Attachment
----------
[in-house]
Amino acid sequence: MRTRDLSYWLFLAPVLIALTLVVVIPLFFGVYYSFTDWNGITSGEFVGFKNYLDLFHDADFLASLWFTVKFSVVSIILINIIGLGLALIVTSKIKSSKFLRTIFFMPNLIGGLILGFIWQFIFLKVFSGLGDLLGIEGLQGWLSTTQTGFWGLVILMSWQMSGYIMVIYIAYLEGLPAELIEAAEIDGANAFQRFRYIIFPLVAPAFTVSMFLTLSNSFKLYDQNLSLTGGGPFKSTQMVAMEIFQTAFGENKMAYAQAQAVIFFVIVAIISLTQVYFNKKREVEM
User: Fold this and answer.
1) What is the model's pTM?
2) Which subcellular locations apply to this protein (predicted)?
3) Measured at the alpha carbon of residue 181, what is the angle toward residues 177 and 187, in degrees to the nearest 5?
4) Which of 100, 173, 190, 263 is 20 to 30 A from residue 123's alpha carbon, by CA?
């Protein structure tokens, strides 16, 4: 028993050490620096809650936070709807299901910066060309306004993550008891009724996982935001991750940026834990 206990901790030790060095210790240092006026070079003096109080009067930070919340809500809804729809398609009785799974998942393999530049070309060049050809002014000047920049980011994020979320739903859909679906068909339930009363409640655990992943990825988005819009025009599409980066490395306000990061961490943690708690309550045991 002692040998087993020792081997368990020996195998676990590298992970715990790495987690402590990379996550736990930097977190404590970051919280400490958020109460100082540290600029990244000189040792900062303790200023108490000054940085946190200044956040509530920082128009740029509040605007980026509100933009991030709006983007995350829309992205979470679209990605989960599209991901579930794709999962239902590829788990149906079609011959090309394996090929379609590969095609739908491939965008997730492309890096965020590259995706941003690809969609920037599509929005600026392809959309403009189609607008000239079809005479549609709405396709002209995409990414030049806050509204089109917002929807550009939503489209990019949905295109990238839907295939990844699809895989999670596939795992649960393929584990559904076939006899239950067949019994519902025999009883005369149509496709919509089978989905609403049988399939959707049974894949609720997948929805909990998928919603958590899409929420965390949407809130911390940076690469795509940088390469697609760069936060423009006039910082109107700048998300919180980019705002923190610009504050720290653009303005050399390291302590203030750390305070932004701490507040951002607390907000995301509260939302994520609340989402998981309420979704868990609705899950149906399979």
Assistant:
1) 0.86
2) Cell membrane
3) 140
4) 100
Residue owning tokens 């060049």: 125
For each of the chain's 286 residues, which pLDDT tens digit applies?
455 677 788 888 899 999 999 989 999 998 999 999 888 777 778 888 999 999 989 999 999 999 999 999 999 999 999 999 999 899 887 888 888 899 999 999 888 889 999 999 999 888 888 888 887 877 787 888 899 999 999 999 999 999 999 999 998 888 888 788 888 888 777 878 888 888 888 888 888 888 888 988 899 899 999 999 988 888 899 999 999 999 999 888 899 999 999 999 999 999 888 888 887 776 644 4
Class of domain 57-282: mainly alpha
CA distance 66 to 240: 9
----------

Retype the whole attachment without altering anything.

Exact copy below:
[in-house]
Amino acid sequence: MRTRDLSYWLFLAPVLIALTLVVVIPLFFGVYYSFTDWNGITSGEFVGFKNYLDLFHDADFLASLWFTVKFSVVSIILINIIGLGLALIVTSKIKSSKFLRTIFFMPNLIGGLILGFIWQFIFLKVFSGLGDLLGIEGLQGWLSTTQTGFWGLVILMSWQMSGYIMVIYIAYLEGLPAELIEAAEIDGANAFQRFRYIIFPLVAPAFTVSMFLTLSNSFKLYDQNLSLTGGGPFKSTQMVAMEIFQTAFGENKMAYAQAQAVIFFVIVAIISLTQVYFNKKREVEM
User: Fold this and answer.
1) What is the model's pTM?
2) Which subcellular locations apply to this protein (predicted)?
3) Measured at the alpha carbon of residue 181, what is the angle toward residues 177 and 187, in degrees to the nearest 5?
4) Which of 100, 173, 190, 263 is 20 to 30 A from residue 123's alpha carbon, by CA?
């Protein structure tokens, strides 16, 4: 028993050490620096809650936070709807299901910066060309306004993550008891009724996982935001991750940026834990 206990901790030790060095210790240092006026070079003096109080009067930070919340809500809804729809398609009785799974998942393999530049070309060049050809002014000047920049980011994020979320739903859909679906068909339930009363409640655990992943990825988005819009025009599409980066490395306000990061961490943690708690309550045991 002692040998087993020792081997368990020996195998676990590298992970715990790495987690402590990379996550736990930097977190404590970051919280400490958020109460100082540290600029990244000189040792900062303790200023108490000054940085946190200044956040509530920082128009740029509040605007980026509100933009991030709006983007995350829309992205979470679209990605989960599209991901579930794709999962239902590829788990149906079609011959090309394996090929379609590969095609739908491939965008997730492309890096965020590259995706941003690809969609920037599509929005600026392809959309403009189609607008000239079809005479549609709405396709002209995409990414030049806050509204089109917002929807550009939503489209990019949905295109990238839907295939990844699809895989999670596939795992649960393929584990559904076939006899239950067949019994519902025999009883005369149509496709919509089978989905609403049988399939959707049974894949609720997948929805909990998928919603958590899409929420965390949407809130911390940076690469795509940088390469697609760069936060423009006039910082109107700048998300919180980019705002923190610009504050720290653009303005050399390291302590203030750390305070932004701490507040951002607390907000995301509260939302994520609340989402998981309420979704868990609705899950149906399979």
Assistant:
1) 0.86
2) Cell membrane
3) 140
4) 100
Residue owning tokens 């060049």: 125
For each of the chain's 286 residues, which pLDDT tens digit applies?
455 677 788 888 899 999 999 989 999 998 999 999 888 777 778 888 999 999 989 999 999 999 999 999 999 999 999 999 999 899 887 888 888 899 999 999 888 889 999 999 999 888 888 888 887 877 787 888 899 999 999 999 999 999 999 999 998 888 888 788 888 888 777 878 888 888 888 888 888 888 888 988 899 899 999 999 988 888 899 999 999 999 999 888 899 999 999 999 999 999 888 888 887 776 644 4
Class of domain 57-282: mainly alpha
CA distance 66 to 240: 9